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By M. Krummel

In Crafting Jewishness in Medieval England, Miriamne Ara Krummel complicates the idea of the English center a long time as a monolithic age of Christian faith.  Cataloguing and explicating the advanced depictions of semitisms to be present in medieval literature and fabric tradition, this quantity argues that Jews have been constantly found in medieval England, and it's only due to a misreading of the historic list that medieval England has been thought of Judenrein—without Jews.

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Naming the superseded history of a building, especially when that building was once Jewishly owned and is now in the hands of a Christian (“in the king’s hands”), serves as a testimonial to the urges and successes of the colonizing spirit—of replacing the Old (“vetera”) with the New (“nova”). And although buildings can be thought of merely as impersonal objects, the connection of a name to a building has the power to evoke images of a face, of a gesture, of living f lesh. An even later Fine Roll, dated April 18, 1319, rhetorically (re)builds a dispossessed thirteenth-century structure in the fourteenth-century present and, in doing so, links the monarchy to a Jew as Edward I’s “hand” touches “Cok, a Jew”: Grant to Nicholas de Empyton, chaplain, for a fine made by him, of a void place in Briggestrate in the parish of St.

Over time, over centuries, the Jew would be viewed as a complicated figure that would not only fuel the fantasy of what the English yearned to be but also provide an image of what the English had become. The Jew—although still spectral and abject—performed as a familiar. indd 22 12/14/2010 1:21:24 PM CATEGORIES OF RACE: “JUDÆIS NOTRIS ANGLIÆ” AND THE 1275 STATUTE OF JEWRY1 T he medieval impulse to racialize is driven by an unconscious fear about the Jewish Other’s potential to disrupt the Christian community.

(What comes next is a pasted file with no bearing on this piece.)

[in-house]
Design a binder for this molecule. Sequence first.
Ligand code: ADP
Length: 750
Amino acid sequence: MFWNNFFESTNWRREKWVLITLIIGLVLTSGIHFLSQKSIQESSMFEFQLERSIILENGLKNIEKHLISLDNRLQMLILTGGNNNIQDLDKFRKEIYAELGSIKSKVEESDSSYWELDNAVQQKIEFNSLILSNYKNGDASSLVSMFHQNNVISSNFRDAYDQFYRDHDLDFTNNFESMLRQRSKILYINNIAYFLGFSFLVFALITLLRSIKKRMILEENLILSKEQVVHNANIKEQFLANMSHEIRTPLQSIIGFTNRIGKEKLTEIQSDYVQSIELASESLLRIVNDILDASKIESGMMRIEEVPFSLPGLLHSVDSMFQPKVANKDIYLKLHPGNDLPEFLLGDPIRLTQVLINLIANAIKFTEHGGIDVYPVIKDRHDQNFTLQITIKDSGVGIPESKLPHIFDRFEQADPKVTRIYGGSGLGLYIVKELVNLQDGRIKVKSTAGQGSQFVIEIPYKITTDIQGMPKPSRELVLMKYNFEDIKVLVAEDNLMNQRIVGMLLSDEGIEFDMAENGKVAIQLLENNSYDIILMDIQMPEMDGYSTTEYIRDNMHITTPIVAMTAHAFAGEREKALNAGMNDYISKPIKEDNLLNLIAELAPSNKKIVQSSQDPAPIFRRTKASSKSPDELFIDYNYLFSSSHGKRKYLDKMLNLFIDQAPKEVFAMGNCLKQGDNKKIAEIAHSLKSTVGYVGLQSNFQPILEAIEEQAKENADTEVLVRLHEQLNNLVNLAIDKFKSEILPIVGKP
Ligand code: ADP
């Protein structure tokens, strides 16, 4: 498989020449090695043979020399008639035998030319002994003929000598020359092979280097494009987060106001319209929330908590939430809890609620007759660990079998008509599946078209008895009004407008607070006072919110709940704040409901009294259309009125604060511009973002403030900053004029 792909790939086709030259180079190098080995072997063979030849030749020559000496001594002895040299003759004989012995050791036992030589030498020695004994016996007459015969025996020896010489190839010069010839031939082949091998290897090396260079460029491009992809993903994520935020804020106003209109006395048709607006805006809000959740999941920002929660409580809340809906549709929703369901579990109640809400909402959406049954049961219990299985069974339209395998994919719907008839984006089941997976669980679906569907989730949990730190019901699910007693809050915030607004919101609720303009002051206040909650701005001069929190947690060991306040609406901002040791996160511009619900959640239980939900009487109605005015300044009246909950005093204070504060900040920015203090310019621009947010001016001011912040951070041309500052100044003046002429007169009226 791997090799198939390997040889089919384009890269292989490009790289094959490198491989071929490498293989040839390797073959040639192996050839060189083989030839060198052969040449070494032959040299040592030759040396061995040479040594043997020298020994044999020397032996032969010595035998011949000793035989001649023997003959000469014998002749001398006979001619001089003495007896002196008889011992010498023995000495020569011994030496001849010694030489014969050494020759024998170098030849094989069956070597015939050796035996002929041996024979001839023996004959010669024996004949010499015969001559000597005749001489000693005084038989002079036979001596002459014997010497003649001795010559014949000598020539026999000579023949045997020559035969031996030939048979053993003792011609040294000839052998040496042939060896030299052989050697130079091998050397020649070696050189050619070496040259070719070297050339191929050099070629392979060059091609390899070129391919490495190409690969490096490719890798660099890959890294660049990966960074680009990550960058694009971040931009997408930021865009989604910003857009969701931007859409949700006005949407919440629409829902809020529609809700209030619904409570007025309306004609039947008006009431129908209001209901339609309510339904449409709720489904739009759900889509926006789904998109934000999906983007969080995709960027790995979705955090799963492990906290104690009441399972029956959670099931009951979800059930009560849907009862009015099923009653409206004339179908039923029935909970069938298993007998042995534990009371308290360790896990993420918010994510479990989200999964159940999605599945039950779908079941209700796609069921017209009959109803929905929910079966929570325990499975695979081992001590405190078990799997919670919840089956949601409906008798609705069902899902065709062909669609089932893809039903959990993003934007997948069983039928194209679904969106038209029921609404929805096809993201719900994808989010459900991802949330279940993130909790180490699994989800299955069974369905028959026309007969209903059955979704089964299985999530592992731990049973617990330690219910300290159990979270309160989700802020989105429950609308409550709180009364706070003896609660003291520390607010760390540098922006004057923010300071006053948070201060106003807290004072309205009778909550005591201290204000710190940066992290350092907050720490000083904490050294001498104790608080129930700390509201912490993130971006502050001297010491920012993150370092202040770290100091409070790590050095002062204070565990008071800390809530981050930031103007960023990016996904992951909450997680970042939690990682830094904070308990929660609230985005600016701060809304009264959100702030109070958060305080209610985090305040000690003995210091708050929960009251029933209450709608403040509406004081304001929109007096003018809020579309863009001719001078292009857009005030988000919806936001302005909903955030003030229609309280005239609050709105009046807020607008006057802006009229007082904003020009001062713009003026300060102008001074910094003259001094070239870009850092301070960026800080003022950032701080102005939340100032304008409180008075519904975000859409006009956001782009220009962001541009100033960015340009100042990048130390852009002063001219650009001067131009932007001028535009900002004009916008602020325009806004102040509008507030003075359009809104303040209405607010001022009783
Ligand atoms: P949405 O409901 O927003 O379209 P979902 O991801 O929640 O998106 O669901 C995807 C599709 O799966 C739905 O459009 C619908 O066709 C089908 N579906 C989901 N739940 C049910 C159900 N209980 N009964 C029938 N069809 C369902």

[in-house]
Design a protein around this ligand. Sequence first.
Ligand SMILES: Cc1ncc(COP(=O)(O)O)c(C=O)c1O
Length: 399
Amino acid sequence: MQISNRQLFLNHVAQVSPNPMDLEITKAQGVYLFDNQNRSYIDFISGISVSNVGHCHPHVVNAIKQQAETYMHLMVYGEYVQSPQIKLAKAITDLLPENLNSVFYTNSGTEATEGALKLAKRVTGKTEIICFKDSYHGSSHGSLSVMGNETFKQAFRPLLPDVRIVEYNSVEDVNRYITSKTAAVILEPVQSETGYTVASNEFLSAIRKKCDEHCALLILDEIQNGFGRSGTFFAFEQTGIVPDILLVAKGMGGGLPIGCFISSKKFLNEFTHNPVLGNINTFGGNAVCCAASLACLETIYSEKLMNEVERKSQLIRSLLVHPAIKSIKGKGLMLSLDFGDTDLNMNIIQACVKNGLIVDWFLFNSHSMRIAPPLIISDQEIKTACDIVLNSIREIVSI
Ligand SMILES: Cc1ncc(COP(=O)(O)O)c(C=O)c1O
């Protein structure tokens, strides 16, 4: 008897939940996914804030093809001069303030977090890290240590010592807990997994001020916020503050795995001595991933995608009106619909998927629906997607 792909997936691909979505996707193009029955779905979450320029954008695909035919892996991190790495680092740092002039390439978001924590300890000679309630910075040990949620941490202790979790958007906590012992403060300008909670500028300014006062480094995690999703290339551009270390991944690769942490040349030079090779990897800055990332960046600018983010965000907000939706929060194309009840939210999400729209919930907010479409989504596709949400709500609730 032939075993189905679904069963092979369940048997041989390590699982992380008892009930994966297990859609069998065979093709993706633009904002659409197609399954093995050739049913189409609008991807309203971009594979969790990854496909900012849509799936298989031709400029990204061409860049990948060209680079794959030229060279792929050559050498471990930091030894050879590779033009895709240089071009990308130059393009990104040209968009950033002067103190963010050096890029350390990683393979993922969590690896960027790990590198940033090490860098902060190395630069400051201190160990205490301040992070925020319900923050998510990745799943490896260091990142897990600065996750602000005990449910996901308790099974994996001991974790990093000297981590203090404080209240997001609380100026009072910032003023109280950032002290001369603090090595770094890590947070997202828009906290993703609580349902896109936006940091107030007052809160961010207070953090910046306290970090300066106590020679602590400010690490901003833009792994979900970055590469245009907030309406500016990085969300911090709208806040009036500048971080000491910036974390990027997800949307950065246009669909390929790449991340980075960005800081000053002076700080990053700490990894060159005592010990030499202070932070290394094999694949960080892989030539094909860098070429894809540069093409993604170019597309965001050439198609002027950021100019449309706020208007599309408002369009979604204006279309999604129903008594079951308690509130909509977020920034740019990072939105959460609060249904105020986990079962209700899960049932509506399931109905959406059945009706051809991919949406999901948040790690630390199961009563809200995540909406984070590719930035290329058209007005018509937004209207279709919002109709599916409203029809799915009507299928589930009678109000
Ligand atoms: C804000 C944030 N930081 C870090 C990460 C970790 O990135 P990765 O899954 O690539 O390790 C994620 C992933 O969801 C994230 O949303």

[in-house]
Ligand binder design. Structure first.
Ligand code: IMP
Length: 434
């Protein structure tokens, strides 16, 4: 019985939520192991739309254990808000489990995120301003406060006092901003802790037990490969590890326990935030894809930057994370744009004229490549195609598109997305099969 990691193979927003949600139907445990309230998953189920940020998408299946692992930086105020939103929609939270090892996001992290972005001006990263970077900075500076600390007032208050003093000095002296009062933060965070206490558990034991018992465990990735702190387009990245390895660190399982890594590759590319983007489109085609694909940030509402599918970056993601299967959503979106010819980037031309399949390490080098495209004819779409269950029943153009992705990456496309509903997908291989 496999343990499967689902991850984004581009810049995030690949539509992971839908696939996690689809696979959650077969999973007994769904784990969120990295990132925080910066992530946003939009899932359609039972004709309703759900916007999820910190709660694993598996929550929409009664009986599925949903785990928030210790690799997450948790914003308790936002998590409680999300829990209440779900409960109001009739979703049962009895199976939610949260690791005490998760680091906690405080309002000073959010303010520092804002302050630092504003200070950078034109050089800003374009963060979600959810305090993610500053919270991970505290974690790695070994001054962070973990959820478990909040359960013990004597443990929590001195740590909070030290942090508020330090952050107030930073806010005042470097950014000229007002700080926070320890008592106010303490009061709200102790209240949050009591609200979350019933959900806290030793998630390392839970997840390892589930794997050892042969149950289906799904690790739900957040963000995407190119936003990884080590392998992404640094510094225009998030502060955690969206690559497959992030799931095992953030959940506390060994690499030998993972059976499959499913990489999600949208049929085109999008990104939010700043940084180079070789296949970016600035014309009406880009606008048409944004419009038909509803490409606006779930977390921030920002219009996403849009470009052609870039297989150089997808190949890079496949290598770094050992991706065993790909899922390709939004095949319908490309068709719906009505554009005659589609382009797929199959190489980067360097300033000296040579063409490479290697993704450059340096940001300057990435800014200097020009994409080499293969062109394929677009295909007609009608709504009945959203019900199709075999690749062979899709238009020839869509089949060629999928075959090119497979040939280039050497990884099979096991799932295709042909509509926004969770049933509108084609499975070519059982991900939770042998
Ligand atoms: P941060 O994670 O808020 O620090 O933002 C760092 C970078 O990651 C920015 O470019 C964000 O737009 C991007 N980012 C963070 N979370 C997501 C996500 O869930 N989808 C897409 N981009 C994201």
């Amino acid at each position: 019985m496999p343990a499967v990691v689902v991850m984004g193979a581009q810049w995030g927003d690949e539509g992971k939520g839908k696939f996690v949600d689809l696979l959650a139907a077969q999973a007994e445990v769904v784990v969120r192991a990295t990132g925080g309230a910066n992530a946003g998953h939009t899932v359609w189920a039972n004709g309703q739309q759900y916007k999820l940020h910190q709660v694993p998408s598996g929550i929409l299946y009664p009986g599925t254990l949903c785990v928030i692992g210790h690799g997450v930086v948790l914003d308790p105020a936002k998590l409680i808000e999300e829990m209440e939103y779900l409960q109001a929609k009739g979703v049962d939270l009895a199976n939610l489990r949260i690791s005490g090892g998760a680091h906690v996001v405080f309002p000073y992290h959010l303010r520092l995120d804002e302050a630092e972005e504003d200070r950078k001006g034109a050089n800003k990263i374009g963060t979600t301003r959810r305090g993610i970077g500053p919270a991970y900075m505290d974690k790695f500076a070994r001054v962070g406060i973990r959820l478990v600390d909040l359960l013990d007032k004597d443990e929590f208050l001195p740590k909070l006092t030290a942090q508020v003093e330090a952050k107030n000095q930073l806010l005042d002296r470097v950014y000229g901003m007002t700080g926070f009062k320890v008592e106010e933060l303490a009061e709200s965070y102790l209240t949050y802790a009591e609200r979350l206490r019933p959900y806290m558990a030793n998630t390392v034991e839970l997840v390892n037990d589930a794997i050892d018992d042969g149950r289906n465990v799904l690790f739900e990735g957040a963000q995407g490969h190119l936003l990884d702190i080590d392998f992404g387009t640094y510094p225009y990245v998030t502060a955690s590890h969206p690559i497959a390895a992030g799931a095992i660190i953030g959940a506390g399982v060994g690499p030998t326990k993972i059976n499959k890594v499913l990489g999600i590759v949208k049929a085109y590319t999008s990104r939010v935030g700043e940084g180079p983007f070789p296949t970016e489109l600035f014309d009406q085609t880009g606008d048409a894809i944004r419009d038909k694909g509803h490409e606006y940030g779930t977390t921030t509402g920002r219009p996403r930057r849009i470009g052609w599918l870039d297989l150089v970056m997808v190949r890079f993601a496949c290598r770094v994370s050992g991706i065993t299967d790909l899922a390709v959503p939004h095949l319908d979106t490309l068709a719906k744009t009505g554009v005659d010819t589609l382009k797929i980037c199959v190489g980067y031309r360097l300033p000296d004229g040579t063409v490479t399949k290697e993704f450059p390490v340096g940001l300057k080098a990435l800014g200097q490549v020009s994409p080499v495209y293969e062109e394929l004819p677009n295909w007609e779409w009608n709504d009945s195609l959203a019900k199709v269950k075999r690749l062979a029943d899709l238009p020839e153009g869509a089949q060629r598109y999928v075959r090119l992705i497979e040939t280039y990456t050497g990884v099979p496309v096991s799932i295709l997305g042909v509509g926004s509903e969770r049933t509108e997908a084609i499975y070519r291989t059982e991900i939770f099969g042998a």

In custody of the National Archives. indd 27 12/14/2010 1:21:56 PM C R A F T I N G J E W I S H N E S S I N M E D I E VA L E N G L A N D Figure 6 “Branded and Punished,” Flores Historiarum, England, early fourteenth century. MS. II, folio 183 verso. Photo: British Library. Reproduced by permission of the British Library Board. 13 Aquinas seeks to lend assistance to the Duchess as she makes decisions about Brabant’s Jews. The Duchess wonders over the extent to which she should permit the Jews’ usurious practices and insist upon the badging of the Jews in her kingdom.

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